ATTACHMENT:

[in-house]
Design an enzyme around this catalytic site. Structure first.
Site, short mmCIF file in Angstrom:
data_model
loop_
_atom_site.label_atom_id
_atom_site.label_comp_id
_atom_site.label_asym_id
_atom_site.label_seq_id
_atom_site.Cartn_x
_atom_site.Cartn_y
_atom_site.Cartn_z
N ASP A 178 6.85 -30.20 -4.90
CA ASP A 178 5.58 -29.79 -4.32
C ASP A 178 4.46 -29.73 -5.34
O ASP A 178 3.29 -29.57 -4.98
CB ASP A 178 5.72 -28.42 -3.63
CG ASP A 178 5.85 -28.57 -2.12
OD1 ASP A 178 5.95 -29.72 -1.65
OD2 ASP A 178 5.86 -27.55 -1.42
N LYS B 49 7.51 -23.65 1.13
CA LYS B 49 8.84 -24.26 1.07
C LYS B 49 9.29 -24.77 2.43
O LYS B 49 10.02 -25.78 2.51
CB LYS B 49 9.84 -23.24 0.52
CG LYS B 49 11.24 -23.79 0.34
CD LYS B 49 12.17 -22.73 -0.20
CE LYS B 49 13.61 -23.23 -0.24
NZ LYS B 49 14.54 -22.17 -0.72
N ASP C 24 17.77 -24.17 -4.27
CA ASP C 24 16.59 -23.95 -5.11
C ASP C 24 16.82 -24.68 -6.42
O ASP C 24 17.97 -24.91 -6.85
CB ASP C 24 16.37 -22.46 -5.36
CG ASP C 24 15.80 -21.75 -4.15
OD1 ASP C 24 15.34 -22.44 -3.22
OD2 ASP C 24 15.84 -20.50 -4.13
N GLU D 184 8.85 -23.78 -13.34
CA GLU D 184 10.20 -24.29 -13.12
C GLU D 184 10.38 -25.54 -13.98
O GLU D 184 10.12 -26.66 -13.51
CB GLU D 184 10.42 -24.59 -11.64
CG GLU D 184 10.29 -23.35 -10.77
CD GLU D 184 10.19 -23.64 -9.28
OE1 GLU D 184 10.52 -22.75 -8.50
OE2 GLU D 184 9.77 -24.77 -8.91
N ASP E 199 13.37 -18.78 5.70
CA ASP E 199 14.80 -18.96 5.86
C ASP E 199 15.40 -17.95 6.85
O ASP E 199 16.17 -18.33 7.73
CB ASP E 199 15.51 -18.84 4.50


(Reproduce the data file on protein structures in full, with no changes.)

[in-house]
Design an enzyme around this catalytic site. Structure first.
Site, short mmCIF file in Angstrom:
data_model
loop_
_atom_site.label_atom_id
_atom_site.label_comp_id
_atom_site.label_asym_id
_atom_site.label_seq_id
_atom_site.Cartn_x
_atom_site.Cartn_y
_atom_site.Cartn_z
N ASP A 178 6.85 -30.20 -4.90
CA ASP A 178 5.58 -29.79 -4.32
C ASP A 178 4.46 -29.73 -5.34
O ASP A 178 3.29 -29.57 -4.98
CB ASP A 178 5.72 -28.42 -3.63
CG ASP A 178 5.85 -28.57 -2.12
OD1 ASP A 178 5.95 -29.72 -1.65
OD2 ASP A 178 5.86 -27.55 -1.42
N LYS B 49 7.51 -23.65 1.13
CA LYS B 49 8.84 -24.26 1.07
C LYS B 49 9.29 -24.77 2.43
O LYS B 49 10.02 -25.78 2.51
CB LYS B 49 9.84 -23.24 0.52
CG LYS B 49 11.24 -23.79 0.34
CD LYS B 49 12.17 -22.73 -0.20
CE LYS B 49 13.61 -23.23 -0.24
NZ LYS B 49 14.54 -22.17 -0.72
N ASP C 24 17.77 -24.17 -4.27
CA ASP C 24 16.59 -23.95 -5.11
C ASP C 24 16.82 -24.68 -6.42
O ASP C 24 17.97 -24.91 -6.85
CB ASP C 24 16.37 -22.46 -5.36
CG ASP C 24 15.80 -21.75 -4.15
OD1 ASP C 24 15.34 -22.44 -3.22
OD2 ASP C 24 15.84 -20.50 -4.13
N GLU D 184 8.85 -23.78 -13.34
CA GLU D 184 10.20 -24.29 -13.12
C GLU D 184 10.38 -25.54 -13.98
O GLU D 184 10.12 -26.66 -13.51
CB GLU D 184 10.42 -24.59 -11.64
CG GLU D 184 10.29 -23.35 -10.77
CD GLU D 184 10.19 -23.64 -9.28
OE1 GLU D 184 10.52 -22.75 -8.50
OE2 GLU D 184 9.77 -24.77 -8.91
N ASP E 199 13.37 -18.78 5.70
CA ASP E 199 14.80 -18.96 5.86
C ASP E 199 15.40 -17.95 6.85
O ASP E 199 16.17 -18.33 7.73
CB ASP E 199 15.51 -18.84 4.50